The Miami church published a Coptic Times newspaper, hired a production company to film their activities, and bought advertisement space in local newspapers to demand the legalization of marijuana. Although their organization was under investigation by US law enforcement, customs services and the Internal Revenue Service (IRS), no charges had been laid against them. Rather explained that the group “Can’t be faulted on the sincerity of their religious views” because they had “never been linked in any way with the smuggling of hard drugs.”
Fathers Marcos and Ghobrial denounced any affiliation with a suspect group celebrating the use of marijuana in the sacraments. Father Marcos discounted the “extremist group in the Island of Jamaica” in his letter to the producers of 60 Minutes. He called the coverage of “this cult” an “unfortunate, despicable and misleading” act. He clarified both the history and rites of the Church of Ethiopia and the Church of Alexandria and stated explicitly that “the so called [sic.] Zionist Coptic Christian Church has no link in any form with the original Coptic Orthodox Church.”
Both priests insisted that the program apologize to the Coptic Orthodox Church, its members and all other Christian Churches “who look to the Coptic Church of Egypt with high regard and great admiration.” Although the clergy suggested that Coptologists and church leaders appear and have “an equal prime time” to educate the public, the producers never followed up. However, during a phone call with a CBS representative on October 31st, the priests detailed the history, heritage and rites of the Coptic Orthodox Church. A public apology was broadcast during the following episode in November that the priests hoped would “diminish the harm and correct the wrong impression created.” The message made clear that there was no affiliation between the Ethiopian Zion Coptic Church and the Coptic Orthodox Church.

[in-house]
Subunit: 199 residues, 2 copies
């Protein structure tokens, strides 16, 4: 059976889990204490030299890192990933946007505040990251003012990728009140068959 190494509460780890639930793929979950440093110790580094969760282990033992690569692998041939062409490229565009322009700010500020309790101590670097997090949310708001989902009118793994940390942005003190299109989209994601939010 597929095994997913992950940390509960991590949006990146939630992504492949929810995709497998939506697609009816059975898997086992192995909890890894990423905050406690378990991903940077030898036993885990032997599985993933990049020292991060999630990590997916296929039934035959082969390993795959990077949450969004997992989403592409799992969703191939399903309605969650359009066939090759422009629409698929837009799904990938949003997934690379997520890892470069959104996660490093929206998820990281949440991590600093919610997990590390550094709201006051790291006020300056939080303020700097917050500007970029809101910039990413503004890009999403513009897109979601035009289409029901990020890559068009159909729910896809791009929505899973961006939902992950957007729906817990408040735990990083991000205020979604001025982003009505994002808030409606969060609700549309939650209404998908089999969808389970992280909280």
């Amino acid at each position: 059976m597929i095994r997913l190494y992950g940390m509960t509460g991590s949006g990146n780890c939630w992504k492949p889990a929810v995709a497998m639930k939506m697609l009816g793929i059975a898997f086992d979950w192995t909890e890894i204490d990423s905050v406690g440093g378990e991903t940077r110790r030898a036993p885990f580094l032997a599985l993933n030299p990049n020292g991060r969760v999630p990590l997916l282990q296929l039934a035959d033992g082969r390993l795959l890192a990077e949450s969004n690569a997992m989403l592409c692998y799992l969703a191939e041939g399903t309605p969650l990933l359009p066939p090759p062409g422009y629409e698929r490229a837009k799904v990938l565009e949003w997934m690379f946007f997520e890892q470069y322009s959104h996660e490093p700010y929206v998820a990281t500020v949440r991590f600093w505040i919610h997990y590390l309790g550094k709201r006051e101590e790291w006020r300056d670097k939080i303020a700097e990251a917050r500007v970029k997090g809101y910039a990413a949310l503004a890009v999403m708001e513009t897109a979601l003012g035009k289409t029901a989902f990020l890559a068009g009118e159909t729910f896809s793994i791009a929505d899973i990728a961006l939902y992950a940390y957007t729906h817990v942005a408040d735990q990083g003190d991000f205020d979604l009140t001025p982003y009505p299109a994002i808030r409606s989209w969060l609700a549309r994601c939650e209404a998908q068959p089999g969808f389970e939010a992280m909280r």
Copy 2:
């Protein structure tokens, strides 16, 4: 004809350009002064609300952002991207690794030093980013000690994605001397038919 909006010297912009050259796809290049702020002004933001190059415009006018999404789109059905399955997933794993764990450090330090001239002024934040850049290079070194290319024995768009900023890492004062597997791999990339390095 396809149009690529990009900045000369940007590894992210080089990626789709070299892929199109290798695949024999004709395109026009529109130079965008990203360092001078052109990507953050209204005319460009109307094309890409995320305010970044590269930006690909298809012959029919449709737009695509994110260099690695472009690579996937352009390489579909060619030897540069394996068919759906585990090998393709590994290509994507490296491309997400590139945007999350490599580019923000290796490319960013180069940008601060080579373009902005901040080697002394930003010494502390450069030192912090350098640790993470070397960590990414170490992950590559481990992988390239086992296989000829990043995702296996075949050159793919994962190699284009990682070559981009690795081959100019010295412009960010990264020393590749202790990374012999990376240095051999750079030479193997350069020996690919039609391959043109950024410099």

Today, there are rumors that Father Ghobrial pursued the matter further. Some have claimed that he filed a lawsuit against the Ethiopian Zion Coptic Church. However, there does not seem to be any record of the lawsuit. Members of the Ethiopian Zion Coptic Church have nevertheless been embroiled in court battles and controversy since the mid-1970s. The group is still active and adheres to the belief that “Cannabis is the blood of Christ.”
This is just one example of the attentiveness and activism of the immigrants’ church. Coptic clergy and church board members across North America followed media coverage closely and many wrote in defense of a particular image of Egypt and its Copts. While we may think that diaspora activism often revolves around homeland politics, sometimes, it is also determined to disaffiliate from the ganja. As a new immigrant group, Copts worked to stake a claim to their distinct heritage as a model minority in North America.
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Michael Akladios is Founder and Project Manager of the Coptic Canadian History Project (CCHP). He earned his Ph.D. in History from York University, Toronto. His doctoral research was supported by several competitive scholarships, including the Social Sciences and Humanities Research Council Doctoral Award and the Avie Bennett Historica Canada Dissertation Scholarship. His first book project is entitled Ordinary Copts: Ecumenism, Activism, and Belonging in North American Cities, 1954-1992.